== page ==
Valve Index VR Headset Immerses You Completely

We’re not quite to holodecks yet, but virtual reality is improving at an increasing rate. Valve Software is contributing to that progress with their Valve Index VR Headset.

side view VR headset

The Valve Index VR Headset makes use of two 1440X1600 RGB LCD screens that have 50 per cent more subpixels than OLED screens. That increase in pixels means that the images you are viewing are sharper, but don’t require the same rendering cost. The headset also benefits from a reduced “screen door” effect thanks to a fill factor that is three times better than OLED.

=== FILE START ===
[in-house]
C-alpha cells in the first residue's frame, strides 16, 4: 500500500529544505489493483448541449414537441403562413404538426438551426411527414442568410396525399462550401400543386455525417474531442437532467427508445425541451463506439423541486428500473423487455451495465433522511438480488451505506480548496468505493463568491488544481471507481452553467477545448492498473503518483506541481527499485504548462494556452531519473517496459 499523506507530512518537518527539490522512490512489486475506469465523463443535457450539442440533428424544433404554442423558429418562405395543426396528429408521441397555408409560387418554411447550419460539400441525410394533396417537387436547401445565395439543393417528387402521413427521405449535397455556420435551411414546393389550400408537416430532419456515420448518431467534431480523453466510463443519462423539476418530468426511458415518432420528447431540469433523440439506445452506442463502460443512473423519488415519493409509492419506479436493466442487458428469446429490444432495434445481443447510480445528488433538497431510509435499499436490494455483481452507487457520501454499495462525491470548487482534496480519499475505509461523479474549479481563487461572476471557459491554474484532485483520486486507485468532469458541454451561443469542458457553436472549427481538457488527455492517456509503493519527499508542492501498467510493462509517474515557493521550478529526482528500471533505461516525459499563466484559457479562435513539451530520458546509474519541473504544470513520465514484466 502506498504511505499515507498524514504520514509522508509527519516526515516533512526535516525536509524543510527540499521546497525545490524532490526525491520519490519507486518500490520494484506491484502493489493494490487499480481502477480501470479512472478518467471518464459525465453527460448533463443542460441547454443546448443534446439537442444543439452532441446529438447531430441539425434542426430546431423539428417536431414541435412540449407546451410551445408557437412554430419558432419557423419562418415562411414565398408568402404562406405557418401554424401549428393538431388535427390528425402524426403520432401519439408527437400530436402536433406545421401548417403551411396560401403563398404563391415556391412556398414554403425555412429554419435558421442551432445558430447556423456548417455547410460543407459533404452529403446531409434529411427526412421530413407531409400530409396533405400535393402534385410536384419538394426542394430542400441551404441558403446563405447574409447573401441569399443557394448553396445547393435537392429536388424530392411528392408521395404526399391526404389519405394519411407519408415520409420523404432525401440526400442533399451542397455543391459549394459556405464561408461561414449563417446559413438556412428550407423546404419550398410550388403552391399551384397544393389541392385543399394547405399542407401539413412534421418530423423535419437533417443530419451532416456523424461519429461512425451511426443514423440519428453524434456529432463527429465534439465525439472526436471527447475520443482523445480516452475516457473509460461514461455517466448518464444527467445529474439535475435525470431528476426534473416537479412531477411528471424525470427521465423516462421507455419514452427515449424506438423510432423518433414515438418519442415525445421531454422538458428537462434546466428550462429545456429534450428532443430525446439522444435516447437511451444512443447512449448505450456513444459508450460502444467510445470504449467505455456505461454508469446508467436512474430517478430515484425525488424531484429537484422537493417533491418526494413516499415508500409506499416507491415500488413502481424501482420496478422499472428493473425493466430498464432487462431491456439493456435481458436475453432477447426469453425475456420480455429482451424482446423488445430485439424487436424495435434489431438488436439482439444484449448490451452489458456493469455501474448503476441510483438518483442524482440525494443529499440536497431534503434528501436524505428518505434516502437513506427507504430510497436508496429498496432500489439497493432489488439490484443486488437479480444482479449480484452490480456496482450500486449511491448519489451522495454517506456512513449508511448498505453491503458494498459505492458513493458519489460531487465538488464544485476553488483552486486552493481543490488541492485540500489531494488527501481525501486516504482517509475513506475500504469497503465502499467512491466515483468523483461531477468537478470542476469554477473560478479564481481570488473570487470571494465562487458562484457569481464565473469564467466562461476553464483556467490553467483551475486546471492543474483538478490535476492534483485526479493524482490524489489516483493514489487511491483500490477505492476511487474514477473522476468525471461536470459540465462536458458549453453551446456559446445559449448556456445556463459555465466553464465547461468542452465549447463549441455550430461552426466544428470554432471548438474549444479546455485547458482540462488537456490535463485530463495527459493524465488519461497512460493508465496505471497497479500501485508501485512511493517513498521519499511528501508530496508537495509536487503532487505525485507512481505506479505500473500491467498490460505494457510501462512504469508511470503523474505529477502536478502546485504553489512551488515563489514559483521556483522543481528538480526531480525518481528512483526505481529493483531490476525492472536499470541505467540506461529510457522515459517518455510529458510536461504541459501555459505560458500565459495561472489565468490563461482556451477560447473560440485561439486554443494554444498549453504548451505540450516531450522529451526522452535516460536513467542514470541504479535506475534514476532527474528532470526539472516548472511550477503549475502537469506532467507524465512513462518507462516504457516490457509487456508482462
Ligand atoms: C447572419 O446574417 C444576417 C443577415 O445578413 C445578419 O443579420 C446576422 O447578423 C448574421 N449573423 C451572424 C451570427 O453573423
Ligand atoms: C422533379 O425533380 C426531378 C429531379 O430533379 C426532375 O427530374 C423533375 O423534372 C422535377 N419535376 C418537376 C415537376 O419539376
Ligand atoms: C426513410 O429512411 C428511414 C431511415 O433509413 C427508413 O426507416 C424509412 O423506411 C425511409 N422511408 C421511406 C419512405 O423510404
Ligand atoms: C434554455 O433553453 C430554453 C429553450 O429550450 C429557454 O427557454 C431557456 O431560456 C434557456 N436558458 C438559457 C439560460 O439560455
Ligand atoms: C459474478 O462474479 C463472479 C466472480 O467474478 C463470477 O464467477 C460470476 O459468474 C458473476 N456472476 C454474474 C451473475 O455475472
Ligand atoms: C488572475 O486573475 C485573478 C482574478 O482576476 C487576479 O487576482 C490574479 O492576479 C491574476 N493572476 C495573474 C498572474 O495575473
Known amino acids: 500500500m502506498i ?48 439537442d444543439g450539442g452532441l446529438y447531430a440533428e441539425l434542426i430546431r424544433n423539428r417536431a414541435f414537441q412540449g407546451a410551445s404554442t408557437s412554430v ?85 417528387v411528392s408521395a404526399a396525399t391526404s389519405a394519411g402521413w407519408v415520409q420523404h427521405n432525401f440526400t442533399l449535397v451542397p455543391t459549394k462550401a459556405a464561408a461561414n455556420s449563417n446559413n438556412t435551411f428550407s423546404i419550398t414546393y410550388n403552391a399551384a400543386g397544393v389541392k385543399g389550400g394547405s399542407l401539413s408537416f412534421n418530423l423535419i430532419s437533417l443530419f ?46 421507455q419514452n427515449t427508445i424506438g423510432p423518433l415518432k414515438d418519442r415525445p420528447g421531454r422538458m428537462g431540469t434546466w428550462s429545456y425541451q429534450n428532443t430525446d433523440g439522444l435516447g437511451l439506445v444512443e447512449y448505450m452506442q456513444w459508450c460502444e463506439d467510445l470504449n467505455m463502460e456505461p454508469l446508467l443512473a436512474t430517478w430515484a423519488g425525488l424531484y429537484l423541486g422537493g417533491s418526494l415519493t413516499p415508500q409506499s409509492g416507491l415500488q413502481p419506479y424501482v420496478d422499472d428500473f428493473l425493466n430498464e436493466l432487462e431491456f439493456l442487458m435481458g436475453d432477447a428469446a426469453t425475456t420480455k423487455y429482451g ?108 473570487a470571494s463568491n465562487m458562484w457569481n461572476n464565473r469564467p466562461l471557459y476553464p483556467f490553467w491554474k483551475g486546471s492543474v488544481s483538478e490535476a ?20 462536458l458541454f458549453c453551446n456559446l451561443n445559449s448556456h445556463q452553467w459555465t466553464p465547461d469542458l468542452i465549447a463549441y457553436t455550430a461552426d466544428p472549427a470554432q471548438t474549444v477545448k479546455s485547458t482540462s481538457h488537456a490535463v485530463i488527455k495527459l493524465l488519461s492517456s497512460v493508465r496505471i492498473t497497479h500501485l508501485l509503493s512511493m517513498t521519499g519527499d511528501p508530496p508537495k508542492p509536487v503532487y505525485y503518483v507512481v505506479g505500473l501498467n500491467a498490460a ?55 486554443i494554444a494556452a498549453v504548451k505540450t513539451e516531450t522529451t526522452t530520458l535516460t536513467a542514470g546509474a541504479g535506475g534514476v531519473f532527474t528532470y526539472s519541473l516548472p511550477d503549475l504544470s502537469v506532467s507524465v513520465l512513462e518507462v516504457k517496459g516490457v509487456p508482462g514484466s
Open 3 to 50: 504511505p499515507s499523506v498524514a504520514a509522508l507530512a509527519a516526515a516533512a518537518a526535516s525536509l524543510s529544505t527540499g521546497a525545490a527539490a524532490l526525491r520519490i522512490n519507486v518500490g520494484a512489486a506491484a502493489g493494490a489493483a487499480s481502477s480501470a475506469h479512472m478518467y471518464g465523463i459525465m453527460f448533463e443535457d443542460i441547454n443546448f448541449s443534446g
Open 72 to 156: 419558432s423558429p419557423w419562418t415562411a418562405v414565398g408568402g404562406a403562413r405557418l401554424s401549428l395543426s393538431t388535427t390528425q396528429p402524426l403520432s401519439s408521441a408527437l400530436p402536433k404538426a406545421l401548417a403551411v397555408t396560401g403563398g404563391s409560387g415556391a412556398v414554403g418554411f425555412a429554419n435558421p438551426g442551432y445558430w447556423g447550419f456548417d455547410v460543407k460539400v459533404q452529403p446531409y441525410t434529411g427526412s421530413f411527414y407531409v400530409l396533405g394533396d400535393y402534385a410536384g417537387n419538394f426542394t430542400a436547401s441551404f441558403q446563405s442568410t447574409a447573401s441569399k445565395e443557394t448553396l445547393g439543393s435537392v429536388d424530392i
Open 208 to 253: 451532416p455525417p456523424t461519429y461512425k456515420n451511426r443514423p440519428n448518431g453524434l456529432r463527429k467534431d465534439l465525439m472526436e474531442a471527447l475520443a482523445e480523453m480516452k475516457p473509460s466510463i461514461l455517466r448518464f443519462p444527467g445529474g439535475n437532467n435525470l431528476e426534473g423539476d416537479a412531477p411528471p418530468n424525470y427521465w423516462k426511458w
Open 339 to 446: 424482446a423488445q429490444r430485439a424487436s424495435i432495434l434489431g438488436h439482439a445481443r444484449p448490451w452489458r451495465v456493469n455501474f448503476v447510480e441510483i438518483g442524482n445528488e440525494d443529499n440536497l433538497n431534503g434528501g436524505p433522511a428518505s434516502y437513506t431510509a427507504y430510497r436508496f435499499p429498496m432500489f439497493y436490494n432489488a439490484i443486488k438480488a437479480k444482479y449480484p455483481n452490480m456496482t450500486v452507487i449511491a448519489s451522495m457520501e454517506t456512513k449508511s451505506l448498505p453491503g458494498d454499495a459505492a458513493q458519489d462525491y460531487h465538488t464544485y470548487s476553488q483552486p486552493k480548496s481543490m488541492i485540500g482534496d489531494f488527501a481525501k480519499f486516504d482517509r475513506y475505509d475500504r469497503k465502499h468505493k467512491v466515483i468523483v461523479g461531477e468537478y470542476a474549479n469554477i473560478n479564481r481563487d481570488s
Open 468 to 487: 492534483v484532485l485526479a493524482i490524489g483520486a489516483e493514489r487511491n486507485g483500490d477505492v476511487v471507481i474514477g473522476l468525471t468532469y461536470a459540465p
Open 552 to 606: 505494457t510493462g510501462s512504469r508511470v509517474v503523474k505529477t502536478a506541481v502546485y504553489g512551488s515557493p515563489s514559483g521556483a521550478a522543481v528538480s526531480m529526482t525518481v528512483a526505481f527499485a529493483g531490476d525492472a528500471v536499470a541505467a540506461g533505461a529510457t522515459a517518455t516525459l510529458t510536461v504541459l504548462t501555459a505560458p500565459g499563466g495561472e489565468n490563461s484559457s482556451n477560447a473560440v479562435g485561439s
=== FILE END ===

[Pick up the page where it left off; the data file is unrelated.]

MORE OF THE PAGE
Valve Index VR Headset

Frame rates are important when you’re shooting for realism and optical comfort. Valve’s headset is back compatible to 90Hz, but runs at 120Hz. It also has an experimental mode that takes frame rates up to 144Hz. Improved frame rates means you can play longer, and be more comfortable as you do.

VR headset video

Another challenge that VR headsets face is keeping images sharp when your head is in motion. Valve has achieved a 5X improvement over first-generation PC VR HMDs with a reduced illumination period of 0.330ms to 0530ms.

back view valve headset

Valve Software didn’t just stop there, though. They also improved the field of view by allowing for adjustable lens distance. The audio system is optimised for enhanced immersion. And the whole setup received an ergonomic makeover for better fit and comfort. Perhaps best of all, any content that you’ve bought for other headsets—HTC Vive, Oculus Rift, Windows Mixed Reality—all work on Valve.

Check it out

VR headset